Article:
Chesapeake Outdoors

Vol. 8, No. 46
Nov. 16-22, 2000
Current Issue
Long-Lost Neighbors
Dock of the Bay
Letters to the Editor
Bay Reflections
Burton on the Bay
Chesapeake Outdoors
Not Just for Kids
Bay Life
Good Bay Times
What's Playing Where
Music Notes
Sky Watch
Bay Classifieds
Behind Bay Weekly
Advertising Info
Distribution spots
Contact us
Small Tails Make Good Fish Tales

Trust me, I much prefer to be writing about a mammoth rockfish or monster sea trout that I or one of my fishing partners tangled with. But that wasn't to be this week, so I become fascinated with the reckless abandon in which the sea trout and young rockfish preyed upon our bait. In the last couple weeks, I have mostly been casting tandem flies (clousers of different sizes tied on a dropper rig and fished on 400-grain line), jigging metal and soft plastic lures and feather jigs for trout and rock. Both methods try to imitate the baitfish on which the rock and trout are gorging. In the late fall, this preferred bait is almost always Bay anchovies, a ubiquitous forage species that fuels the migration of trout and rockfish.

One rough day, I cast flies at the Bay Bridge pilings where the wind and tide converged to create miniature tsunamis for the hapless bait, tossing them against the huge concrete structures. If that weren't bad enough, rockfish plucked them off the surface and the trout, which were much farther down in the water column, devoured them. Birds took their share, as well. On the fish finder, the screen was blotted out with baitfish.

When the terns and gulls aren't swooping down on the bands of baits, natural oil slicks from the remains of bait on the surface can help point out fishy spots for trout. Often times anglers will pull up a sea trout from depths greater than 75 feet only to be greeted by bits of anchovies disgorged at the surface or on the deck. Once the most plentiful fish in the Bay, anchovies have large mouths disproportionate to the rest of their bodies and a bright silver streak running nearly the length of the fish. I'm pretty certain many anglers hardly give the anchovy a thorough look, but it is an important part of what drives the sea trout and rockfish, which of course are what drive us.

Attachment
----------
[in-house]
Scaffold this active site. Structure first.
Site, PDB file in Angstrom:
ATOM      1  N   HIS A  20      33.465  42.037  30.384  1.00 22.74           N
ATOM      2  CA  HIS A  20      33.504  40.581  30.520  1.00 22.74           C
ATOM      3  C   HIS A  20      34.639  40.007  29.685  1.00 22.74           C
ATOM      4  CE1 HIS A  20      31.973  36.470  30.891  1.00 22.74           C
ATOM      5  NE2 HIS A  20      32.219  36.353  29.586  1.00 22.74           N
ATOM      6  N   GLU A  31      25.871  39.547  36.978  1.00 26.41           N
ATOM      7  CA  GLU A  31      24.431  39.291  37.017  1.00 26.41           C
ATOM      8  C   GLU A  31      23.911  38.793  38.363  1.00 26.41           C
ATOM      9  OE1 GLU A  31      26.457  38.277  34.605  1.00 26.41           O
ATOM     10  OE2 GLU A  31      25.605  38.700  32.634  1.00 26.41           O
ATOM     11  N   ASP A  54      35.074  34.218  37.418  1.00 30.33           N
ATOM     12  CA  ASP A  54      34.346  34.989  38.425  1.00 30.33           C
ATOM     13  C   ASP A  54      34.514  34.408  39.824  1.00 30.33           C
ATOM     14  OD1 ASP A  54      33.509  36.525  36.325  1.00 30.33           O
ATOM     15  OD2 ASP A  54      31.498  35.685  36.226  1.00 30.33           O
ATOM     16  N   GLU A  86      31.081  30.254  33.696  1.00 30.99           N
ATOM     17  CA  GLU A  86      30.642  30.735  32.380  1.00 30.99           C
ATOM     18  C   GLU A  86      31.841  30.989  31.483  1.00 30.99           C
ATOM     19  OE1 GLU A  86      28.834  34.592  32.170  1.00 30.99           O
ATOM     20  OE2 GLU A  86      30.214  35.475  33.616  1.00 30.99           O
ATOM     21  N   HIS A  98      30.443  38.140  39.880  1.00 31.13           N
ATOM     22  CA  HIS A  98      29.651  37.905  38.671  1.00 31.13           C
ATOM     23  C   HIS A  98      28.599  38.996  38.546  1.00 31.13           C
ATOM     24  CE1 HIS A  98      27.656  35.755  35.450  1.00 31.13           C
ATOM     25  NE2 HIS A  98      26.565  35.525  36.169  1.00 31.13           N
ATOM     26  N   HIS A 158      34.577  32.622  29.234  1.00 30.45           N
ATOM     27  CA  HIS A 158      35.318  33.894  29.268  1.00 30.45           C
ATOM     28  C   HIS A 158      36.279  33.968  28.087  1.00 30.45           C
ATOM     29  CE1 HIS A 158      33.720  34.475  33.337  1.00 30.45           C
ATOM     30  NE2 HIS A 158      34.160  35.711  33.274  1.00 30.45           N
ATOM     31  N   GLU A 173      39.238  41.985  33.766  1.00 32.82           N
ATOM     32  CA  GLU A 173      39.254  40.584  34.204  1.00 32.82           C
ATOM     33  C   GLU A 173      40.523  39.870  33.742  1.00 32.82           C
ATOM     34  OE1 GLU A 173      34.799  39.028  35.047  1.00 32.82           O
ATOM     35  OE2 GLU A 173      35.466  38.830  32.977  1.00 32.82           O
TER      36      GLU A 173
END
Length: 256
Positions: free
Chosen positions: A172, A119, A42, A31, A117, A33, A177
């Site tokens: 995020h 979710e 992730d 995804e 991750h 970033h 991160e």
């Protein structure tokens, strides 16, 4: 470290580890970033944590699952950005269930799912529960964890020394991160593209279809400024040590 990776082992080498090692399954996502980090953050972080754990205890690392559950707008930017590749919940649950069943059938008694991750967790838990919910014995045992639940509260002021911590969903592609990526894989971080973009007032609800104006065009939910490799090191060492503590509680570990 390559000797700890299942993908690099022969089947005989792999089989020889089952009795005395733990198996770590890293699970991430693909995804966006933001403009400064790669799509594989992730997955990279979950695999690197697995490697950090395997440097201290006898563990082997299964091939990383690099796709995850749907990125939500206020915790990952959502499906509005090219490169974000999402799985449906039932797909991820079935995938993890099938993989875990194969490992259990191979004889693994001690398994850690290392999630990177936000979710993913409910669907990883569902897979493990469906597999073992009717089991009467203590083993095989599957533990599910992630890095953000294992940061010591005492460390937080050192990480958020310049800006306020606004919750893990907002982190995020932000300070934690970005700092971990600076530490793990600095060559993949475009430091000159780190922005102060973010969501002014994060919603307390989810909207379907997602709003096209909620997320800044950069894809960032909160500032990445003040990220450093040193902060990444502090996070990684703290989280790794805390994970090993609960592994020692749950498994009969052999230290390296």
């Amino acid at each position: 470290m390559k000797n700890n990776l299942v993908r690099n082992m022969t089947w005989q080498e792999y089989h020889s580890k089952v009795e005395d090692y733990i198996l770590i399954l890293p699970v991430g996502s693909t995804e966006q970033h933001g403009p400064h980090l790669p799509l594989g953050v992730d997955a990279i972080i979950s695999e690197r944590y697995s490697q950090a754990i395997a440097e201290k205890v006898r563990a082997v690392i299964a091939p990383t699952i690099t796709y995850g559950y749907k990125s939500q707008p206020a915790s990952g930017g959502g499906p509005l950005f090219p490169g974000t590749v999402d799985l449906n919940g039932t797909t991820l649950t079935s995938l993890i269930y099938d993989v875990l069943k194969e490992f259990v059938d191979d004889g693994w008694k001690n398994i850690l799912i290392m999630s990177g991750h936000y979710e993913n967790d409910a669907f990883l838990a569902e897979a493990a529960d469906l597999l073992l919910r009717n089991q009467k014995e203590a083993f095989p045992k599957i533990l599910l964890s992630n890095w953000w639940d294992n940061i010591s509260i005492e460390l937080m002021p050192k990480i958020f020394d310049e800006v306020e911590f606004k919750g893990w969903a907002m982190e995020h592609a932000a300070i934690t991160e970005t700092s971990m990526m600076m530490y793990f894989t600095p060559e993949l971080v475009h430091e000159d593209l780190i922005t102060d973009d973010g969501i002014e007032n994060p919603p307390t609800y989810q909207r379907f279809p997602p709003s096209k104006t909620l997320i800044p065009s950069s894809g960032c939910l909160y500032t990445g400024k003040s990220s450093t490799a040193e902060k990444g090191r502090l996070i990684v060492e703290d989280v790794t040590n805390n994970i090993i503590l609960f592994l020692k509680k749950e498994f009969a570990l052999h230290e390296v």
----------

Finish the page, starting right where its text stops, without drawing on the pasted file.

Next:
Fish are Biting

When the wind stops blowing long enough, the fishing has been excellent for sea trout and rockfish. Trout are schooled up in various spots from Smith Island past the Bay Bridge, with better class fish south of Tilghman Island. Stingsilvers, feather jigs and Bass Assassins are some of the preferred lures. For the last several weeks, trollers using big parachutes, bucktails and umbrella rigs dressed with shad and twister tails have been hooking the large ocean-run rockfish that take a right turn at Chesapeake Bay, making a pit stop from their annual migration from New England to North Carolina.

Among the hot spots are Buoy 83-A, the channel edges out front of the Choptank and Patuxent rivers; Deale; Chesapeake Beach; and the HI Buoy. If the weather cooperates, anglers may experience an exciting end to the 2000 rockfish season, which runs until midnight on November 30.

Some big rockfish are still in the shallows, particularly at night, according to Dave Cola. He has been fishing the points from Tolley Point to Thomas Point from his kayak and has done very well with poppers. He told me he recently caught a very fat 28-incher that ran with the tide and dragged him around until he brought it to hand - literally since he didn't have a landing net. Now that's a hard-core angler I've got to go fishing with!

Copyright 2000
Bay Weekly